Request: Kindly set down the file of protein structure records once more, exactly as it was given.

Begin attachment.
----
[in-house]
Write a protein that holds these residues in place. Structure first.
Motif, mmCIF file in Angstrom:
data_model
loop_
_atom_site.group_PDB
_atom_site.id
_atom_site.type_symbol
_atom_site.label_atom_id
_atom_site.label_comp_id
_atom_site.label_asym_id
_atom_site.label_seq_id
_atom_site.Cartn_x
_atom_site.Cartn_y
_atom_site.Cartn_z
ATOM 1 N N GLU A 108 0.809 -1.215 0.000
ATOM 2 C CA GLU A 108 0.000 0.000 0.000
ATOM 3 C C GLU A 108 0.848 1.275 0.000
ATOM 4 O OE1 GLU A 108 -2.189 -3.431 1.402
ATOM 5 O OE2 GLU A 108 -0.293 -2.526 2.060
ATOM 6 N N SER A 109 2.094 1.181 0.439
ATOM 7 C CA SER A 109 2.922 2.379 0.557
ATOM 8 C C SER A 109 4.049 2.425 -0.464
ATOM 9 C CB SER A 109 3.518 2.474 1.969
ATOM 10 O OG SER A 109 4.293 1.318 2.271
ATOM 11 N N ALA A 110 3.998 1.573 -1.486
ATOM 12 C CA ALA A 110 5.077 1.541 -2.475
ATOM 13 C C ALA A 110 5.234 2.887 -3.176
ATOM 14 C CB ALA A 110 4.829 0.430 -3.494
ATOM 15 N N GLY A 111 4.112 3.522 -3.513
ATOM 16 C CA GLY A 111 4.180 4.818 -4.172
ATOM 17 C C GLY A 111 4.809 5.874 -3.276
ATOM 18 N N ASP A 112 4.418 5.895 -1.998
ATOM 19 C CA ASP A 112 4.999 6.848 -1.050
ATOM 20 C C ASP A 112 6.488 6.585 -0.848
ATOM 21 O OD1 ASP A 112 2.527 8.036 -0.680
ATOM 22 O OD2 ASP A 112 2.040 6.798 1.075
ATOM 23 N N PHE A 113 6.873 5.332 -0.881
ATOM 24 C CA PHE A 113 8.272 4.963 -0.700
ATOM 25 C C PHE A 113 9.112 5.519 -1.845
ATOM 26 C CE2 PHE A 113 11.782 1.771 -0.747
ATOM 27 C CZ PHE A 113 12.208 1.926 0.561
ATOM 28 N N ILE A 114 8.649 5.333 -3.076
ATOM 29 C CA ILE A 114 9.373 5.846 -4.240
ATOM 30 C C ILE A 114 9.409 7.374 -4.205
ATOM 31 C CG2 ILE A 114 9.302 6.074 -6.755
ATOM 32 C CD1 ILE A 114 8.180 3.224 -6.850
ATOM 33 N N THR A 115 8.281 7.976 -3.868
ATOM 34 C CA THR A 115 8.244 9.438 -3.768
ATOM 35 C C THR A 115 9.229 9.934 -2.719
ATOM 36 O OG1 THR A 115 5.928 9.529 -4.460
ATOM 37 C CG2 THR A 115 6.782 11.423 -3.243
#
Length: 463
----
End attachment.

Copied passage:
[in-house]
Write a protein that holds these residues in place. Structure first.
Motif, mmCIF file in Angstrom:
data_model
loop_
_atom_site.group_PDB
_atom_site.id
_atom_site.type_symbol
_atom_site.label_atom_id
_atom_site.label_comp_id
_atom_site.label_asym_id
_atom_site.label_seq_id
_atom_site.Cartn_x
_atom_site.Cartn_y
_atom_site.Cartn_z
ATOM 1 N N GLU A 108 0.809 -1.215 0.000
ATOM 2 C CA GLU A 108 0.000 0.000 0.000
ATOM 3 C C GLU A 108 0.848 1.275 0.000
ATOM 4 O OE1 GLU A 108 -2.189 -3.431 1.402
ATOM 5 O OE2 GLU A 108 -0.293 -2.526 2.060
ATOM 6 N N SER A 109 2.094 1.181 0.439
ATOM 7 C CA SER A 109 2.922 2.379 0.557
ATOM 8 C C SER A 109 4.049 2.425 -0.464
ATOM 9 C CB SER A 109 3.518 2.474 1.969
ATOM 10 O OG SER A 109 4.293 1.318 2.271
ATOM 11 N N ALA A 110 3.998 1.573 -1.486
ATOM 12 C CA ALA A 110 5.077 1.541 -2.475
ATOM 13 C C ALA A 110 5.234 2.887 -3.176
ATOM 14 C CB ALA A 110 4.829 0.430 -3.494
ATOM 15 N N GLY A 111 4.112 3.522 -3.513
ATOM 16 C CA GLY A 111 4.180 4.818 -4.172
ATOM 17 C C GLY A 111 4.809 5.874 -3.276
ATOM 18 N N ASP A 112 4.418 5.895 -1.998
ATOM 19 C CA ASP A 112 4.999 6.848 -1.050
ATOM 20 C C ASP A 112 6.488 6.585 -0.848
ATOM 21 O OD1 ASP A 112 2.527 8.036 -0.680
ATOM 22 O OD2 ASP A 112 2.040 6.798 1.075
ATOM 23 N N PHE A 113 6.873 5.332 -0.881
ATOM 24 C CA PHE A 113 8.272 4.963 -0.700
ATOM 25 C C PHE A 113 9.112 5.519 -1.845
ATOM 26 C CE2 PHE A 113 11.782 1.771 -0.747
ATOM 27 C CZ PHE A 113 12.208 1.926 0.561
ATOM 28 N N ILE A 114 8.649 5.333 -3.076
ATOM 29 C CA ILE A 114 9.373 5.846 -4.240
ATOM 30 C C ILE A 114 9.409 7.374 -4.205
ATOM 31 C CG2 ILE A 114 9.302 6.074 -6.755
ATOM 32 C CD1 ILE A 114 8.180 3.224 -6.850
ATOM 33 N N THR A 115 8.281 7.976 -3.868
ATOM 34 C CA THR A 115 8.244 9.438 -3.768
ATOM 35 C C THR A 115 9.229 9.934 -2.719
ATOM 36 O OG1 THR A 115 5.928 9.529 -4.460
ATOM 37 C CG2 THR A 115 6.782 11.423 -3.243
#
Length: 463